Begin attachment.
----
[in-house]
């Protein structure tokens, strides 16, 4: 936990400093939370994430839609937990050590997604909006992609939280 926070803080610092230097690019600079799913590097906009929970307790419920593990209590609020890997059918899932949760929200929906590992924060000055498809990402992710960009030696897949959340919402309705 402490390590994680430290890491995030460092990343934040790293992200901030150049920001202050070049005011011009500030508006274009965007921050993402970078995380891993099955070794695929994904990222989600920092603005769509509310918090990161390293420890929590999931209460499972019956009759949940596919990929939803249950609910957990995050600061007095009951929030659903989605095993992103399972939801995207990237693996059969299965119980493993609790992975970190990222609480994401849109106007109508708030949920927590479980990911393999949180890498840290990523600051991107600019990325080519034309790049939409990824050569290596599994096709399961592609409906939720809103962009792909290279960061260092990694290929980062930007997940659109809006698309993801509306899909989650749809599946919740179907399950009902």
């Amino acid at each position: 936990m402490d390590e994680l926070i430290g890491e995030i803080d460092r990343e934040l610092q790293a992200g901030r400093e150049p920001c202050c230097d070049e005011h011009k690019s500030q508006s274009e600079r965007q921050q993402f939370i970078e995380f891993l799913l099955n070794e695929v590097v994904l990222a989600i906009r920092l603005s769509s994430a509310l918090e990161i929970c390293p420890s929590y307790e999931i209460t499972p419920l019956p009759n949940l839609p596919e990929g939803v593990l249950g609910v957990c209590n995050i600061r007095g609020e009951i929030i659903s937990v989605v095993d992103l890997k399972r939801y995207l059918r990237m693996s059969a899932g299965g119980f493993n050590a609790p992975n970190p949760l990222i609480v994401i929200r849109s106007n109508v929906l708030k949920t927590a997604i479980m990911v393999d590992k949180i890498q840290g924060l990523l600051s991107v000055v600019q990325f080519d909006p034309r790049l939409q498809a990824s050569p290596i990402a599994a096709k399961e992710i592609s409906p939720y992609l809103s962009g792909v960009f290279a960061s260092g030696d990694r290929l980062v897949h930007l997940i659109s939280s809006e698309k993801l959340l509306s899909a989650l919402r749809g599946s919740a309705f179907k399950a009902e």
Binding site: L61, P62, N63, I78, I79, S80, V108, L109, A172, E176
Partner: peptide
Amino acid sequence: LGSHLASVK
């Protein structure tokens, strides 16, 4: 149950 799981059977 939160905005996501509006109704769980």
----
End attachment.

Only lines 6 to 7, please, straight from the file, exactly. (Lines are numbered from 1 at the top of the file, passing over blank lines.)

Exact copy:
Amino acid sequence: LGSHLASVK
């Protein structure tokens, strides 16, 4: 149950 799981059977 939160905005996501509006109704769980």